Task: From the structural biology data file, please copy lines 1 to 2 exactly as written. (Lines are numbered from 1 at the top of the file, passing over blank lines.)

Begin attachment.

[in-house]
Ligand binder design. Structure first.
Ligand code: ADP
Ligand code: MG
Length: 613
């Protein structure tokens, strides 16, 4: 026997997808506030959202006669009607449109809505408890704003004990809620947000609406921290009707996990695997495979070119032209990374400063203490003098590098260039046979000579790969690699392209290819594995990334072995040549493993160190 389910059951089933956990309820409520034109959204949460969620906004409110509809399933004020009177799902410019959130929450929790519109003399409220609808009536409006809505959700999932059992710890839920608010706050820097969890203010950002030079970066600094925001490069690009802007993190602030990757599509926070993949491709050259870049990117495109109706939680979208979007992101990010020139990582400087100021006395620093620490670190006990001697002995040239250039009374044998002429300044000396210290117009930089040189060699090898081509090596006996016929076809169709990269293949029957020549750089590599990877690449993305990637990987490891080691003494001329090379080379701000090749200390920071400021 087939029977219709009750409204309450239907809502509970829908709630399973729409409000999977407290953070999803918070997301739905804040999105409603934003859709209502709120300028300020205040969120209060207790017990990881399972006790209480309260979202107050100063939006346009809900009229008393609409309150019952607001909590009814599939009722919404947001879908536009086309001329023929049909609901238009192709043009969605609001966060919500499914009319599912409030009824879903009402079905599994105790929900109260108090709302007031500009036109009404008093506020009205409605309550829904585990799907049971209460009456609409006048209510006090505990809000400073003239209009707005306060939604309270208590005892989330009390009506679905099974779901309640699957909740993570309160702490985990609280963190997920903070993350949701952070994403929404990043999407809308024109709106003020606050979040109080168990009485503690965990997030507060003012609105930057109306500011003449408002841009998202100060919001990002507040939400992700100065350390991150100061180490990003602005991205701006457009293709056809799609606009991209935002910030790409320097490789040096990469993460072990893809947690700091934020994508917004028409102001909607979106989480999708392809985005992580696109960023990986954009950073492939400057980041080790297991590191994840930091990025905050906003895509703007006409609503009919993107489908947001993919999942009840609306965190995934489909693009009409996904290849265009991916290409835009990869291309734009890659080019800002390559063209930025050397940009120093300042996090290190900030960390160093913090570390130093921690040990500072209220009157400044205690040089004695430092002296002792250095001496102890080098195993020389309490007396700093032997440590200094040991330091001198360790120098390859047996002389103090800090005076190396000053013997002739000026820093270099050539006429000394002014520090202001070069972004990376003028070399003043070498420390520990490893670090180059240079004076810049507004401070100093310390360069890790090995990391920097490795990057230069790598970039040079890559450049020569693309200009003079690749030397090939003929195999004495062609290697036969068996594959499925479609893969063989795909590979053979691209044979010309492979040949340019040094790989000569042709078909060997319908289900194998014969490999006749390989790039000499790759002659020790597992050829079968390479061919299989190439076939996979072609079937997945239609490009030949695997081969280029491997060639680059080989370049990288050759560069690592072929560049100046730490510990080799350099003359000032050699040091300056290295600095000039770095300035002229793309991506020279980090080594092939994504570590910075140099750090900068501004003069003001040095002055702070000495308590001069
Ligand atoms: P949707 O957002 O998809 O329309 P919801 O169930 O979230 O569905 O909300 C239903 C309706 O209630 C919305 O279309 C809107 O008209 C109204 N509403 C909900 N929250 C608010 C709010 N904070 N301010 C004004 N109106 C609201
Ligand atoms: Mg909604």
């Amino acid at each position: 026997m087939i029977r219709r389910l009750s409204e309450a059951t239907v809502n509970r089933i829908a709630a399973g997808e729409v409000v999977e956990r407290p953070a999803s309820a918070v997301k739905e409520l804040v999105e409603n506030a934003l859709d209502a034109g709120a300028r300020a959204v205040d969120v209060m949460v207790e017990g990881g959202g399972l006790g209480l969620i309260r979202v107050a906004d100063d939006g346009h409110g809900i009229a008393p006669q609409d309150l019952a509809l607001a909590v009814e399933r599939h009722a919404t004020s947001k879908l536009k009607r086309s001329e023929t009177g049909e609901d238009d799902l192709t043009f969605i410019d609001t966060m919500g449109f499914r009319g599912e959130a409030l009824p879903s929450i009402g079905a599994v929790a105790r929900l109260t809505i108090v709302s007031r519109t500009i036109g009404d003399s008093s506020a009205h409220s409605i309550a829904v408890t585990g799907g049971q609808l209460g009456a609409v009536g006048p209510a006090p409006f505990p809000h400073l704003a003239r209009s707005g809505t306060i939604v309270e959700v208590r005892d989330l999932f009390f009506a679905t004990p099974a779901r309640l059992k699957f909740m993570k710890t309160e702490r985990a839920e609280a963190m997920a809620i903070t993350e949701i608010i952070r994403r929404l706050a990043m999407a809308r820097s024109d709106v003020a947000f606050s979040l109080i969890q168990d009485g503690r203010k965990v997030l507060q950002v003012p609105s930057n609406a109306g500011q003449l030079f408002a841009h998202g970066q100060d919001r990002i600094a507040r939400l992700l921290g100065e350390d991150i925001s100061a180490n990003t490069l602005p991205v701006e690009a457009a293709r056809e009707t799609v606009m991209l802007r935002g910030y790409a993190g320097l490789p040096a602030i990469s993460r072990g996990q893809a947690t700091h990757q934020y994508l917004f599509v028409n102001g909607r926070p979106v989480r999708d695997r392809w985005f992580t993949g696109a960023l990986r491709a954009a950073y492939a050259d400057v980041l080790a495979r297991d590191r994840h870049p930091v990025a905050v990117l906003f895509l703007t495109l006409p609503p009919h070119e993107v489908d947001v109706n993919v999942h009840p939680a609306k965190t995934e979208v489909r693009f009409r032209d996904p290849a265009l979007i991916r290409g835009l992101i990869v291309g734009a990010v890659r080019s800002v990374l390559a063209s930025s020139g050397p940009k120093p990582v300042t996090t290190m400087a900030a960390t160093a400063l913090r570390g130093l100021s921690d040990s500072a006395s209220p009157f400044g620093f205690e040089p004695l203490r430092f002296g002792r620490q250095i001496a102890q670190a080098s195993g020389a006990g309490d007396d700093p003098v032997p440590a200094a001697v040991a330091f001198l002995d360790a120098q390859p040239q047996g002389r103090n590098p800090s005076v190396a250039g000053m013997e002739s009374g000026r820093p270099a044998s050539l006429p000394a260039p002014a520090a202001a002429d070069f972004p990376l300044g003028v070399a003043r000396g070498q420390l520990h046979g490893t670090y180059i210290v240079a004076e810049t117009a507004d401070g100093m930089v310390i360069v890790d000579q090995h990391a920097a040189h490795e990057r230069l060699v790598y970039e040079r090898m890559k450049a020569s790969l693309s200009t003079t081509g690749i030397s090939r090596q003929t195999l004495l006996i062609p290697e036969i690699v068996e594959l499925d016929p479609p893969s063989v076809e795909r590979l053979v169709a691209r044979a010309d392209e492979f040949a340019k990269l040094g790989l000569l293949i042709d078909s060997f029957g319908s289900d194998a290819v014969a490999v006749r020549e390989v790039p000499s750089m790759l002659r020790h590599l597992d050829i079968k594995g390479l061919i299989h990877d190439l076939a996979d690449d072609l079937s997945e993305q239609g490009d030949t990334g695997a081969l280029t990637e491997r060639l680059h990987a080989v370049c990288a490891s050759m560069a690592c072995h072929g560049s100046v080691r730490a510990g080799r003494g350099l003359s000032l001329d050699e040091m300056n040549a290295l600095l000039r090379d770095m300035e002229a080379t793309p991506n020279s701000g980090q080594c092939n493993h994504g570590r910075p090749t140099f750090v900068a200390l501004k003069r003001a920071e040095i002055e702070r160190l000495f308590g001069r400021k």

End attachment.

[in-house]
Ligand binder design. Structure first.